Marrakesh Express by Crosby, Stills and Nash:


I’ve shared that song around here before and because I love the story behind the famous album cover, here it is again – The band had apparently been driving around with their photographer friend Henry Diltz when they saw an abandoned house with a sofa outside. They took the iconic picture and then went home. After finalising the name of the band, they realised they should change the seating order. Sadly when they returned to the same spot, the house had been reduced to a pile of timber, so the original picture stood. Glad they didn’t decide to change the name of the band to fit the picture, as Nash, Stills & Crosby just doesn’t cut it for me.

Some people from the world of music change their look every few years but from what I can see, David Crosby found a style that suited him in the late ’60s and just stuck with it. The hair may have turned white but right up until the end he still sported his long frizzy hair, distinctive moustache and sideburns. The look of a dandy was not for David and he seems to have been very comfortable in his own skin.


He was definitely an ornery and cantankerous kind of chap who fell out with just about everyone he ever worked with (although not Stephen Stills it seems) but maybe we need those kind of characters in life as they often act as the catalyst that brings about bigger change. Who knows, the whole Laurel Canyon scene might not have happened in quite the same way without him (and his supply of drugs!). He thankfully avoided joining the 27 Club, something some of his contemporaries (Jim Morrison, Jimi Hendrix and Janis Joplin) didn’t manage to do and ended up living a relatively long life. RIP David Crosby.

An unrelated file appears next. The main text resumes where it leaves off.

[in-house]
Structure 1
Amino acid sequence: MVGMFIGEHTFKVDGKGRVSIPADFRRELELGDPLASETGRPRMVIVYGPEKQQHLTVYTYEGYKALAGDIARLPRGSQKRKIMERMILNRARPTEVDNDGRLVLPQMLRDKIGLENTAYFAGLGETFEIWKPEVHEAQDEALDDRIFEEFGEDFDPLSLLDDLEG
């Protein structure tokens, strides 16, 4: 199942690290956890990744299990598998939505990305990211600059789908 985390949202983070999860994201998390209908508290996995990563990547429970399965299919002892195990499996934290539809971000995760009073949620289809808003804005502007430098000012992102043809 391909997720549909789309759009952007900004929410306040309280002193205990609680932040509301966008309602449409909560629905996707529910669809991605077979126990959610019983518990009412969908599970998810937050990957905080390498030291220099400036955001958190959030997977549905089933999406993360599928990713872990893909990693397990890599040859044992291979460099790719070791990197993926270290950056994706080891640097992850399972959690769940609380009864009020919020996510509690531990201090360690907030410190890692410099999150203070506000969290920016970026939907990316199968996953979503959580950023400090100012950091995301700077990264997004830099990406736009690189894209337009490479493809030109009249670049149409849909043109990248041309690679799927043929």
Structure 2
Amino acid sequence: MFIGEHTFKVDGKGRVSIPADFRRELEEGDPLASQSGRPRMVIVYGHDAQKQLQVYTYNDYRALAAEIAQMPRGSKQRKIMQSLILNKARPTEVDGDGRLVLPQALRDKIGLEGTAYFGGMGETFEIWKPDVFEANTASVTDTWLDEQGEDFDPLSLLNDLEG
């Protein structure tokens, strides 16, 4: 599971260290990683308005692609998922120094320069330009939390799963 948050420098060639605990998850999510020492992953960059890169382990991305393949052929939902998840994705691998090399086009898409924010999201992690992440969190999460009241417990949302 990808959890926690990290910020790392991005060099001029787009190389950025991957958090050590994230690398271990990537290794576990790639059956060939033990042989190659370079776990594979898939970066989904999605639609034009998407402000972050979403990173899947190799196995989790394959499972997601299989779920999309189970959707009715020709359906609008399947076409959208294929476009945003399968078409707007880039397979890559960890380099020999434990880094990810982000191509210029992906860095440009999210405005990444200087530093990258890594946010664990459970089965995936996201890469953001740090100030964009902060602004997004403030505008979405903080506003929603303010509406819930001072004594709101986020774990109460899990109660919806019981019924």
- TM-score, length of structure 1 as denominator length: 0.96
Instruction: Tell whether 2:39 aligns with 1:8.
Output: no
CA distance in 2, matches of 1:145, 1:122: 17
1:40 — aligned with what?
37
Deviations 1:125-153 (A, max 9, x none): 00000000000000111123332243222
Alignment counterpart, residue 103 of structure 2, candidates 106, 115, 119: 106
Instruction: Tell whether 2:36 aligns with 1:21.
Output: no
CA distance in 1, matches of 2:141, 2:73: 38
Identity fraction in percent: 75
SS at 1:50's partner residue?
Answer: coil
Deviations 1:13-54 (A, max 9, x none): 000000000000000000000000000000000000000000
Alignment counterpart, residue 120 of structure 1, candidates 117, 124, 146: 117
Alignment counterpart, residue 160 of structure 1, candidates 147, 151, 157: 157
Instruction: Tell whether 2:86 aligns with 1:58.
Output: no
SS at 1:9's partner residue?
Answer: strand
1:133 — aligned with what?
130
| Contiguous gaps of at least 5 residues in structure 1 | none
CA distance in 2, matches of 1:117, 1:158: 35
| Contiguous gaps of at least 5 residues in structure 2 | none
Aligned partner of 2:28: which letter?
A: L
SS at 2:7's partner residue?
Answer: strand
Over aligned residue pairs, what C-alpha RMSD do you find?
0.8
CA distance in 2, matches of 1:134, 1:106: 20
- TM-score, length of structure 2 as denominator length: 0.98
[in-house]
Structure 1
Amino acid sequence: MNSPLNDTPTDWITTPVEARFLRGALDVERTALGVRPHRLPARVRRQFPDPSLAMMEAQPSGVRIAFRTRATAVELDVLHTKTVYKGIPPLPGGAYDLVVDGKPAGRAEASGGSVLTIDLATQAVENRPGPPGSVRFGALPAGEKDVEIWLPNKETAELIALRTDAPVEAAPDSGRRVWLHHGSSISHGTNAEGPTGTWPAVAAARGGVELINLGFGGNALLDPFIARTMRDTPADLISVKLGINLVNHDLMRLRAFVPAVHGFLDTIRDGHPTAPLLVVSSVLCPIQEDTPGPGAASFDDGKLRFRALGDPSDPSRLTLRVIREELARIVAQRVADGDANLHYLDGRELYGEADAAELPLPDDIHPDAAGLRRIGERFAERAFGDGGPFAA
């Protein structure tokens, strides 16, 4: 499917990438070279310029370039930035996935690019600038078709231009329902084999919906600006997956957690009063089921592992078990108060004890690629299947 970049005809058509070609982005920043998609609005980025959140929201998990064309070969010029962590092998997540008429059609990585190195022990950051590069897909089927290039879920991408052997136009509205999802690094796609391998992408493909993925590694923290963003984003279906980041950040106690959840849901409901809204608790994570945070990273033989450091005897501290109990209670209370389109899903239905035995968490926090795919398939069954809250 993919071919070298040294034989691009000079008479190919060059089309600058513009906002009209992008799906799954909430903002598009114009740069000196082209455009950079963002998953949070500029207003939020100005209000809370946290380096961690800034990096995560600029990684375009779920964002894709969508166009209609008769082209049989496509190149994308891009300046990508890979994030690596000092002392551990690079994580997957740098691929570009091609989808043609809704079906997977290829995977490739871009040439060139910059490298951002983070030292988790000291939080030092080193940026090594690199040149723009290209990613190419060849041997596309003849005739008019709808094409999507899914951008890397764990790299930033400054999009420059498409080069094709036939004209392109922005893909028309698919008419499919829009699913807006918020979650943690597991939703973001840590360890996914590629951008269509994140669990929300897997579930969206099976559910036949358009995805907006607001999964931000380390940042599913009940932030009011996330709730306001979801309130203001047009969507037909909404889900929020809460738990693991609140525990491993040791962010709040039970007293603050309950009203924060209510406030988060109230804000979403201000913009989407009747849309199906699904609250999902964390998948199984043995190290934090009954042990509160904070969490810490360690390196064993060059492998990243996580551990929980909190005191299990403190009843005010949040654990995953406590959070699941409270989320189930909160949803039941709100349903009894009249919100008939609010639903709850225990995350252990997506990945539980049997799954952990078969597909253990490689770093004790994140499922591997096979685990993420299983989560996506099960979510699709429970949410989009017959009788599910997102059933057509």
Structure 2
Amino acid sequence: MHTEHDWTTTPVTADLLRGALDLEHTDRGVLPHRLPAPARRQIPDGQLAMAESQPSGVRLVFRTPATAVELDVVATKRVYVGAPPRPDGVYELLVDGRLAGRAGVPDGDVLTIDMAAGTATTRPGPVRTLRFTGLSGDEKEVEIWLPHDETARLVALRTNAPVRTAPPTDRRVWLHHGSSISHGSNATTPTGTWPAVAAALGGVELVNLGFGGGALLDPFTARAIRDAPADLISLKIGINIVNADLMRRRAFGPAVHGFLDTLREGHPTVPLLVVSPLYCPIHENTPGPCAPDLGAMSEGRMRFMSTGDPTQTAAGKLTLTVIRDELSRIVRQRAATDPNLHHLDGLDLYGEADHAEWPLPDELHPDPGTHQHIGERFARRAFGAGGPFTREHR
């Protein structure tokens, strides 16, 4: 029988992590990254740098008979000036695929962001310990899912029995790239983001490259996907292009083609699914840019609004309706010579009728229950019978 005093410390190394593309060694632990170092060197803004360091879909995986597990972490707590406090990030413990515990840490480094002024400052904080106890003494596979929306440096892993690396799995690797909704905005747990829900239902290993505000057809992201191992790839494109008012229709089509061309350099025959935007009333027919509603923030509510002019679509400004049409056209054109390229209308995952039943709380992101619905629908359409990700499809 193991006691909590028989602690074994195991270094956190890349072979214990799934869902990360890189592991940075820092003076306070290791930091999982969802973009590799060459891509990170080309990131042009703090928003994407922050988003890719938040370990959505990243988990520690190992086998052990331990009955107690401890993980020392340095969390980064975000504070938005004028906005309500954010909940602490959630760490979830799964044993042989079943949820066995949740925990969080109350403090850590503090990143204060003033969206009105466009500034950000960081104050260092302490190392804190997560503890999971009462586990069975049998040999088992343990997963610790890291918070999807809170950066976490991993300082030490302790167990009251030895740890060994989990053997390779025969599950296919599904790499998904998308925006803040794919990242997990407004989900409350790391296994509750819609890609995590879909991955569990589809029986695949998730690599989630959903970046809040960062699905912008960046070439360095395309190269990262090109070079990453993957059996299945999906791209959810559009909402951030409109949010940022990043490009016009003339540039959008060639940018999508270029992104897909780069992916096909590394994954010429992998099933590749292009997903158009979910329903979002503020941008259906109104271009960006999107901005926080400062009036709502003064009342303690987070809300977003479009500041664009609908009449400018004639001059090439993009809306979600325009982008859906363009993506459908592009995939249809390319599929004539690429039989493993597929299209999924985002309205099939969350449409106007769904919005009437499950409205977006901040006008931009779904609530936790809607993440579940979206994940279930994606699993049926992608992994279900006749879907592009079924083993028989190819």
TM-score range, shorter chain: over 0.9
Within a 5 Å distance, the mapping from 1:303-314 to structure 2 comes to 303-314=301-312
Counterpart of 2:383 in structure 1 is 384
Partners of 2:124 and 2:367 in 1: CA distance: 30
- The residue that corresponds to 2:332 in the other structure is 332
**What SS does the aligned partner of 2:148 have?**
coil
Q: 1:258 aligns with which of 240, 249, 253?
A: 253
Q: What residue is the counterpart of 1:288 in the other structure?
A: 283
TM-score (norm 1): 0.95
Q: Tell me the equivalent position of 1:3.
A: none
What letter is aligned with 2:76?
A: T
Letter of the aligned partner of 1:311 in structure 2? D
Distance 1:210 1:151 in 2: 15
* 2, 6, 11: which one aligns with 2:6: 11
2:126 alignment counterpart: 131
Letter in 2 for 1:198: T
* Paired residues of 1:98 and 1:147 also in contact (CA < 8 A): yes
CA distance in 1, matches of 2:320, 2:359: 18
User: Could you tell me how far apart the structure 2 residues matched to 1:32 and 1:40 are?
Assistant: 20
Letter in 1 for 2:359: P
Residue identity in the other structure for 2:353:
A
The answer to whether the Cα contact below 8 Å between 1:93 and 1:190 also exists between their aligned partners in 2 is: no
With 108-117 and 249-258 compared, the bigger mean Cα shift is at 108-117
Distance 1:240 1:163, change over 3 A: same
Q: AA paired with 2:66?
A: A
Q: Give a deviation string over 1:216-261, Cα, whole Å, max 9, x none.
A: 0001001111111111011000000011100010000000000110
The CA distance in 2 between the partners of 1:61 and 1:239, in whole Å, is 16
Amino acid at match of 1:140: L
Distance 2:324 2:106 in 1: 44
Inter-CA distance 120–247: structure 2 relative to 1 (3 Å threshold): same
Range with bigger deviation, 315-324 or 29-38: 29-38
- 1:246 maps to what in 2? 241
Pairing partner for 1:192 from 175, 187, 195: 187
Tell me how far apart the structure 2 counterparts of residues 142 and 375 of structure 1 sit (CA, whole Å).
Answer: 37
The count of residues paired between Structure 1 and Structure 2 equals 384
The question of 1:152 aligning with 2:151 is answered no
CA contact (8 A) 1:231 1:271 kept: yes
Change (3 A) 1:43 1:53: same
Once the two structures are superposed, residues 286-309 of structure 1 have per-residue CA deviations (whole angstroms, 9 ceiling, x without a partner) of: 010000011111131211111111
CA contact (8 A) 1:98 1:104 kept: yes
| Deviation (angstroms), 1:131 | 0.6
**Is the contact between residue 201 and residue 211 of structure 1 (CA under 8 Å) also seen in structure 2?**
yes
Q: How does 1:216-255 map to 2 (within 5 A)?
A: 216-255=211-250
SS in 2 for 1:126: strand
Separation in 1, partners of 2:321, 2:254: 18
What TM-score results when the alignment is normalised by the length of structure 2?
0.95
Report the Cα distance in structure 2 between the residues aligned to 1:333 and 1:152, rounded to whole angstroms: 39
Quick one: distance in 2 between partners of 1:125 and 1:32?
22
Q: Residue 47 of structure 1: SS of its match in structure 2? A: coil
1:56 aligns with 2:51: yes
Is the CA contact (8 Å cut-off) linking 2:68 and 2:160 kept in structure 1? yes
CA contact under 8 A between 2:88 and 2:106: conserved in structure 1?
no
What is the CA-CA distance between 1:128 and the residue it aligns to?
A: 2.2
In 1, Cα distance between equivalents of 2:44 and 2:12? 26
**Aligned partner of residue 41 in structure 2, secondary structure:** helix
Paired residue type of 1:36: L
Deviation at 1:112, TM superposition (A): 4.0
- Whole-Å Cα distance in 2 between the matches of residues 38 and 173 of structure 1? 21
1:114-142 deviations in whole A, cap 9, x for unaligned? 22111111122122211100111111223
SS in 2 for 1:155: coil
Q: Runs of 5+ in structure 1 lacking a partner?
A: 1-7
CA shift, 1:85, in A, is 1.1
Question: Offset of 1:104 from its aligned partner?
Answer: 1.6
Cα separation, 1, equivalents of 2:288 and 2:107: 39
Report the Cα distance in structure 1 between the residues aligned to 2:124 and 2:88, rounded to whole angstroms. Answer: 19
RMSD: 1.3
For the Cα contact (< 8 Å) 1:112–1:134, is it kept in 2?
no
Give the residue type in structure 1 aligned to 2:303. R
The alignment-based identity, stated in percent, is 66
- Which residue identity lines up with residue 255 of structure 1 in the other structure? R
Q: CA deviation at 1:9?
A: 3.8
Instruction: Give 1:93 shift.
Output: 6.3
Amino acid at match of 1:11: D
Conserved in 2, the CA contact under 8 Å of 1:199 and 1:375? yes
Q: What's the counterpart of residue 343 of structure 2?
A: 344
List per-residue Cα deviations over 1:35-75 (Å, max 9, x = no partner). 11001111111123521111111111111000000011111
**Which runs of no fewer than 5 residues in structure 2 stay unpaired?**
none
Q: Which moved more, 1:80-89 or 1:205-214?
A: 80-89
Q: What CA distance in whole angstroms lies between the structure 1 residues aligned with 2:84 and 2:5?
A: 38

So, ‘What’s It All About?’ – It does seem as if every other post around here is a tribute nowadays, but as the years roll by, it’s kind of becoming inevitable. I’ve followed music keenly since the 1970s, and have really enjoyed delving back to the 1960s on these pages, an era I was not quite as familiar with. I am, however, conscious of the fact I don’t want the blog to become an obituary column so will restrict my tributes to those artists who mean something to me, or ones, like David, that I’ve written about around here before.

To those music bloggers from my circle who have lost people from their own lives recently, I hope I have not been insensitive. You know who you are and my thoughts are with you.

Until next time…

Turn! Turn! Turn! Lyrics
(Song by Pete Seeger)

To everything turn, turn, turn
There is a season turn, turn, turn